Toro Rosso explains role in Renault engine stoush

Brendon Hartley in a Renault-powered Scuderia Toro Rosso car

Franz Tost says that he felt compelled to defend his Scuderia Toro Rosso team as it became involved in a public slanging match with Renault during the Brazil weekend.

Renault intimated that STR’s operation of its power units were a factor in its recent spate of reliability problems, with Cyril Abiteboul telling Autosport there were “never coincidences in this sport”.

STR issued a statement in response denying fault and suggesting that Renault had actually played a role in the engine issues given that it is in competition as a factory team with STR for sixth place in the constructors’ championship.

That infuriated Renault, and triggered a statement from Red Bull motorsport boss Helmut Marko that insisted the teams recognised they received equal treatment.

“I had the feeling that I had to say something,” STR team boss Tost told Autosport.

“You know, that if the team is being criticised, and we feel this is not 100% correct, then we have to give a statement.

“This is what we did. Whether it’s done correctly or not is another question.

“We just clarified our point of view.”

Asked if the matter was now over, Tost replied, “I think so, I didn’t hear anything any more, so that’s it.”

Renault scored one point at Interlagos thanks to Nico Hulkenberg’s 10th place, so Toro Rosso still holds a slender four-point advantage in sixth, with Haas a further two points behind Renault.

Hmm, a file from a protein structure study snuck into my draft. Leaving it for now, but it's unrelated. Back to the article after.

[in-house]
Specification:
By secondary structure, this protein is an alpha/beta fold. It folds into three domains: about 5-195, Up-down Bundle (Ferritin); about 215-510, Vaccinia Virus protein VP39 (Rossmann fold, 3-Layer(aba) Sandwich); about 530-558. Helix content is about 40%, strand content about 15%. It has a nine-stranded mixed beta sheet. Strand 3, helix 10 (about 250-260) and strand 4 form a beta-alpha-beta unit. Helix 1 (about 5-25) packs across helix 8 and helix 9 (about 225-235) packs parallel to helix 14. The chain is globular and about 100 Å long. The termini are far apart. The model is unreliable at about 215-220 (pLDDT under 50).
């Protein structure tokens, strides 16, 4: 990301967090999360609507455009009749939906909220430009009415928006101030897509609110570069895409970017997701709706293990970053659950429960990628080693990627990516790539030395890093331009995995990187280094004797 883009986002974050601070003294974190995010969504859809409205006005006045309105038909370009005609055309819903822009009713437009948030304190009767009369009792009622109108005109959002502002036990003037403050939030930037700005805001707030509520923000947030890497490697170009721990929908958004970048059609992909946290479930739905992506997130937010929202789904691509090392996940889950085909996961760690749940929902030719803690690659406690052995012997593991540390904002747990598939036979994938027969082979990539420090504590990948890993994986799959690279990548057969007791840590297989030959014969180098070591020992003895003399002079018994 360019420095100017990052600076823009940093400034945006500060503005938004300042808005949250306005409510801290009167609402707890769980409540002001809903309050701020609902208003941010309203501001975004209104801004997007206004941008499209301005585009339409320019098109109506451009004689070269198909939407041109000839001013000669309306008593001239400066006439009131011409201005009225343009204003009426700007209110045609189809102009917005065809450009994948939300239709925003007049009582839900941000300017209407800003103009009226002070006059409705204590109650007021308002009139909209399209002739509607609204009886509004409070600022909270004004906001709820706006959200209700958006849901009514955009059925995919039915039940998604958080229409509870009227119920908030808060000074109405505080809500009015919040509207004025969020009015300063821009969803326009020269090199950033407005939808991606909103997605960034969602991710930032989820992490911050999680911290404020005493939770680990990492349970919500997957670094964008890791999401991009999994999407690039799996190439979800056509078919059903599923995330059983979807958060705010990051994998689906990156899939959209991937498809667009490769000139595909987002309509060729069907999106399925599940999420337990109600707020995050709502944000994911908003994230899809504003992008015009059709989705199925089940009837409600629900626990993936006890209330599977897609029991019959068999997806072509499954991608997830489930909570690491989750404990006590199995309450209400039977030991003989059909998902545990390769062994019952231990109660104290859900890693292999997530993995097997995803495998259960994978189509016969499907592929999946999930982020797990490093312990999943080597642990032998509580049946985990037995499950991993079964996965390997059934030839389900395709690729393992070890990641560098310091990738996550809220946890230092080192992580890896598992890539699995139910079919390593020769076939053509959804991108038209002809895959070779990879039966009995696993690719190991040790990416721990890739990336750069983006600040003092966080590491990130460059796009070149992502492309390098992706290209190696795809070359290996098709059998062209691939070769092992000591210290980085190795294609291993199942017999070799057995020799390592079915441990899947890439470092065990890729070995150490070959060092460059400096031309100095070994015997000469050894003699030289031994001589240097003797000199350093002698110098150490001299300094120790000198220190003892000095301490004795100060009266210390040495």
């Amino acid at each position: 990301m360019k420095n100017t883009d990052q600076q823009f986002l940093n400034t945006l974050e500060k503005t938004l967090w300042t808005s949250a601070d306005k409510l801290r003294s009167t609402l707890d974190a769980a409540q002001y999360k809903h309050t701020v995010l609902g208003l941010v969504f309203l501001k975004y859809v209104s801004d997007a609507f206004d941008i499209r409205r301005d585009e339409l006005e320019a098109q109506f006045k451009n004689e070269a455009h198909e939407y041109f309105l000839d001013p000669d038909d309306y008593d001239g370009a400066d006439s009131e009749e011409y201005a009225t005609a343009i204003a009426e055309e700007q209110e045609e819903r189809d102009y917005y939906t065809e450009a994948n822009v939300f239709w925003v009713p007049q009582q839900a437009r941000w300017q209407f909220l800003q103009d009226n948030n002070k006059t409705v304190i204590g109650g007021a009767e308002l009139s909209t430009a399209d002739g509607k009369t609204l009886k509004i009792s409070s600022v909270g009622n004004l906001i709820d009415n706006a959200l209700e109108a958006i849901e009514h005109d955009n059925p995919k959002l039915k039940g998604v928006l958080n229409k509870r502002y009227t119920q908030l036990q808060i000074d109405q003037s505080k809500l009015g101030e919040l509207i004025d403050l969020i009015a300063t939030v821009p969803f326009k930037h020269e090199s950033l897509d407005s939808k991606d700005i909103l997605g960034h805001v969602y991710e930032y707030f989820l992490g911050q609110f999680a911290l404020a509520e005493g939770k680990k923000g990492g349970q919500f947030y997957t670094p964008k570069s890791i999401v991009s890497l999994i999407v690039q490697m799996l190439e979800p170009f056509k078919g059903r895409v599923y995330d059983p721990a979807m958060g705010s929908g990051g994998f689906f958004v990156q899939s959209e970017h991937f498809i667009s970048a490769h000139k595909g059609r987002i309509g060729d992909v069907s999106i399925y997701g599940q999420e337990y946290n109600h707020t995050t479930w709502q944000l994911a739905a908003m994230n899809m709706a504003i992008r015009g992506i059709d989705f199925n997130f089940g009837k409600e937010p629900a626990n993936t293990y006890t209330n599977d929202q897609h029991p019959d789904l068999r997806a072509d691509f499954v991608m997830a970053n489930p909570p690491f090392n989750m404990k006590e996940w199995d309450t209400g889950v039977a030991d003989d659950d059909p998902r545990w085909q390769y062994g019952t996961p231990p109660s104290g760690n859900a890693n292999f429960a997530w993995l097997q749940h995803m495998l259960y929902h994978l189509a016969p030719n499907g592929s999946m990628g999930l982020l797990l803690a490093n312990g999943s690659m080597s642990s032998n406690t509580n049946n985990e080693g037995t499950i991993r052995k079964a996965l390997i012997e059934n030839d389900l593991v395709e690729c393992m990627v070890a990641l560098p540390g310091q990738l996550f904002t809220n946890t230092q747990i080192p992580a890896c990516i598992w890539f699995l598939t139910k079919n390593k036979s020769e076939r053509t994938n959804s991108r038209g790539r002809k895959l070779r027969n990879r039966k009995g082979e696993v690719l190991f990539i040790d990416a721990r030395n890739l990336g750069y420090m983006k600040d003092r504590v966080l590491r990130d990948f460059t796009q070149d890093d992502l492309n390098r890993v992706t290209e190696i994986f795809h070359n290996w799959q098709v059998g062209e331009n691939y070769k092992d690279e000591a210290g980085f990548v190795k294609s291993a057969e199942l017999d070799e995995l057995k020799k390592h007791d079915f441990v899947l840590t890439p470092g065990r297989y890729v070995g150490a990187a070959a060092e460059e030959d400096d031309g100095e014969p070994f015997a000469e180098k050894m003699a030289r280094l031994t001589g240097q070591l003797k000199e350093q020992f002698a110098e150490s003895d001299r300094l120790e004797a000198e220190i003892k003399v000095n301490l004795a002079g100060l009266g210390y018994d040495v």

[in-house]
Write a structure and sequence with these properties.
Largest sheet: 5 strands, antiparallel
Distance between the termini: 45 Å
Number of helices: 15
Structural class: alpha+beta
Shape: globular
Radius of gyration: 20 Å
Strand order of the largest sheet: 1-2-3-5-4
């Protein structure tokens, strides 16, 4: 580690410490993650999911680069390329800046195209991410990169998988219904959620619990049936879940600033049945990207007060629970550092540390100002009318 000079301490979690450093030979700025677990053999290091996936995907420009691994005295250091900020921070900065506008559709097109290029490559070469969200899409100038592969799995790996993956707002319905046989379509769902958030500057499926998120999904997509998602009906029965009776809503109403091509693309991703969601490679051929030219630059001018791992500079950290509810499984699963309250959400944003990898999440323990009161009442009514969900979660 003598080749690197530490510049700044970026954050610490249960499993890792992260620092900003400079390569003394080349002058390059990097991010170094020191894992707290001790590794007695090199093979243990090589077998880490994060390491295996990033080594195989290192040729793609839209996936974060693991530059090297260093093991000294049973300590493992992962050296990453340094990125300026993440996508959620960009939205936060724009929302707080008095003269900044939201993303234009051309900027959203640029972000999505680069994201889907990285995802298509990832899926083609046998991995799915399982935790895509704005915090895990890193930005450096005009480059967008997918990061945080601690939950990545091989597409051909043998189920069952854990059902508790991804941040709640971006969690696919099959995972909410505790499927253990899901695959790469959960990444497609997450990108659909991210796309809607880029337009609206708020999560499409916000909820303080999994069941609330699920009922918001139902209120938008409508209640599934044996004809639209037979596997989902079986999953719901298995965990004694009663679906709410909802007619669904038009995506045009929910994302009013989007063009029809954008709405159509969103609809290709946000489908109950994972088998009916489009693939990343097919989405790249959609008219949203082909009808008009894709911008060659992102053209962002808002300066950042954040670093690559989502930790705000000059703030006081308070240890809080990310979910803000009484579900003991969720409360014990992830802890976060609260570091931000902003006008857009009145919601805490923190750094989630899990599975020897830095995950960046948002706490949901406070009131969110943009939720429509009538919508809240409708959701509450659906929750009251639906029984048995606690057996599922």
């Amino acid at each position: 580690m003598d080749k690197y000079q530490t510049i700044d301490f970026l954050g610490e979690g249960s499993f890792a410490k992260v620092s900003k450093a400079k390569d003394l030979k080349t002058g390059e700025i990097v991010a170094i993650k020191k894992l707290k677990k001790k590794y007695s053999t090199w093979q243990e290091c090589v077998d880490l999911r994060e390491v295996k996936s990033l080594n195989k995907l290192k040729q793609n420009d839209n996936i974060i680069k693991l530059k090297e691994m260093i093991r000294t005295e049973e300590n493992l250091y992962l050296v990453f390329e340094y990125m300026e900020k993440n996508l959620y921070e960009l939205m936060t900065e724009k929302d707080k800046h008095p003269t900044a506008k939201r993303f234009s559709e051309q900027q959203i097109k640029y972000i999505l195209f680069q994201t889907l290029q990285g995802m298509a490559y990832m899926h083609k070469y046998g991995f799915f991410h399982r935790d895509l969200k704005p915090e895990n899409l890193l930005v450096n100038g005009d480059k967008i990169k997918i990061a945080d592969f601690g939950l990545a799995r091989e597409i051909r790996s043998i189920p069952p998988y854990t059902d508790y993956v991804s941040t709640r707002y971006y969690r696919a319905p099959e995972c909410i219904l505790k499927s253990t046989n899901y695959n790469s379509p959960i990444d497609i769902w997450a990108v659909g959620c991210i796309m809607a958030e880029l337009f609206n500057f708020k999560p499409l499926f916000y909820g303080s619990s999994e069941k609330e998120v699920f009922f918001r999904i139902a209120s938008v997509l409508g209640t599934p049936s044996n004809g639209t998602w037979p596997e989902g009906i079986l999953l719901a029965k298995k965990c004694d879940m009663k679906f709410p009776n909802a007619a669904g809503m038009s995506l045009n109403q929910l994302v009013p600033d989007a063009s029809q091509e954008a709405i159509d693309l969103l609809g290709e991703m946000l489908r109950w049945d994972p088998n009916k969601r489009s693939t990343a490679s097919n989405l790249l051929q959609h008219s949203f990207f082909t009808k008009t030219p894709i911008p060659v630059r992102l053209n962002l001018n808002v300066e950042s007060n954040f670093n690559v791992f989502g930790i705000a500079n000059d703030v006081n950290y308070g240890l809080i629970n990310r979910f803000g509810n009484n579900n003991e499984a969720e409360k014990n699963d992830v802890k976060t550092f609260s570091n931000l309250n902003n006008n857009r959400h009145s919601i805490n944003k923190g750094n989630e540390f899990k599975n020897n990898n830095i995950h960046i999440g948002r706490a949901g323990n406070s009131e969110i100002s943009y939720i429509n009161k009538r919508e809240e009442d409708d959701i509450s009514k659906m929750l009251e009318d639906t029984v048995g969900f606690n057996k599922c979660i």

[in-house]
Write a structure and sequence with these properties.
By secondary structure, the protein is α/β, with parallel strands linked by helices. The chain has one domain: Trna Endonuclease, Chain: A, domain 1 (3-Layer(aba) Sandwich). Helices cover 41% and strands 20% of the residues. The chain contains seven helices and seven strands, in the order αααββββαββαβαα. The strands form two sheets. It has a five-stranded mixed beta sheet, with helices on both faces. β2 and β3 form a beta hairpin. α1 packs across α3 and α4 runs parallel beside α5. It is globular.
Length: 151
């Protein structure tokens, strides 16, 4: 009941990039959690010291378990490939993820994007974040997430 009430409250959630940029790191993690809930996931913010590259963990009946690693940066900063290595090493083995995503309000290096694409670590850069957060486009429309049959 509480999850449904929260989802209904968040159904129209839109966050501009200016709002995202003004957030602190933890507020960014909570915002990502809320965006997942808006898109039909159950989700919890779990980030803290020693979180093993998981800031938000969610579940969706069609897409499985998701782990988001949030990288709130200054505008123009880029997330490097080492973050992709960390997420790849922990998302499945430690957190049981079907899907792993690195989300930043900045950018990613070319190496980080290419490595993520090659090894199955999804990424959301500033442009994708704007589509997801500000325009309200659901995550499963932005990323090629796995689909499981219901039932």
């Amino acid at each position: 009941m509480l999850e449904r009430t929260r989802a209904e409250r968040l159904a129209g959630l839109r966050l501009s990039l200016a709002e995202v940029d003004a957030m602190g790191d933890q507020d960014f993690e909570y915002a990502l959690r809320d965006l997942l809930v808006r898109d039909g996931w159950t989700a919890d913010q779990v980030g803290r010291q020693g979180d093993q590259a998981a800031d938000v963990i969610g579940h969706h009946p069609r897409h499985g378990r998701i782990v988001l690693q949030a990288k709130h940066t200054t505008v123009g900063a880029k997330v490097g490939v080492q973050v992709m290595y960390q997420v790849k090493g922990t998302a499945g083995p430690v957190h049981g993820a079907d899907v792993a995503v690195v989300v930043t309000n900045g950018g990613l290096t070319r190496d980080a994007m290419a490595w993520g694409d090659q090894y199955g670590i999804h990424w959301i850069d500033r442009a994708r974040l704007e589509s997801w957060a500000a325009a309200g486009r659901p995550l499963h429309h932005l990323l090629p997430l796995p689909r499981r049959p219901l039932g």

Tost said the drop from sixth to eighth could be worth $6.5m in F1 prize money, making Abu Dhabi a critical race for all three teams.

“It’s very stressful,” he said.

“Regarding Toro Rosso we’ll try to prepare in the best possible way, with as many reliable parts as we have.

“Regarding our power unit supplier we don’t have this under our control, this is their decision.”

Marko said the ongoing problems were frustrating for both Red Bull teams.

“Of course it’s not satisfying,” he told Autosport. “They haven’t cured the problem yet, and they’re running out of parts, and then the situation happens like it does.

“Unfortunately Toro Rosso was affected more than any other team, so that’s why the emotion went up.

“We discussed it, we made a statement, and everything is okay.

“We are in a close fight with Renault for sixth position, but we are still ahead.”

Marko said there were reliability worries over Max Verstappen’s car in Brazil, following a change to a high mileage MGU-H for Saturday, but Red Bull hopes to avoid penalties in Abu Dhabi.

“We were worried about Max, so we were looking after temperature and revs for the MGU-H,” said Marko, who watched Verstappen and Daniel Ricciardo finish fifth and sixth in Brazil.

“But five Renault engines finished.

“At least all the engines stayed together, and from this point of view we should start without penalties in Abu Dhabi, but it’s not clear yet.”

The Abu Dhabi Grand Prix takes place on November 24-26 (local time).

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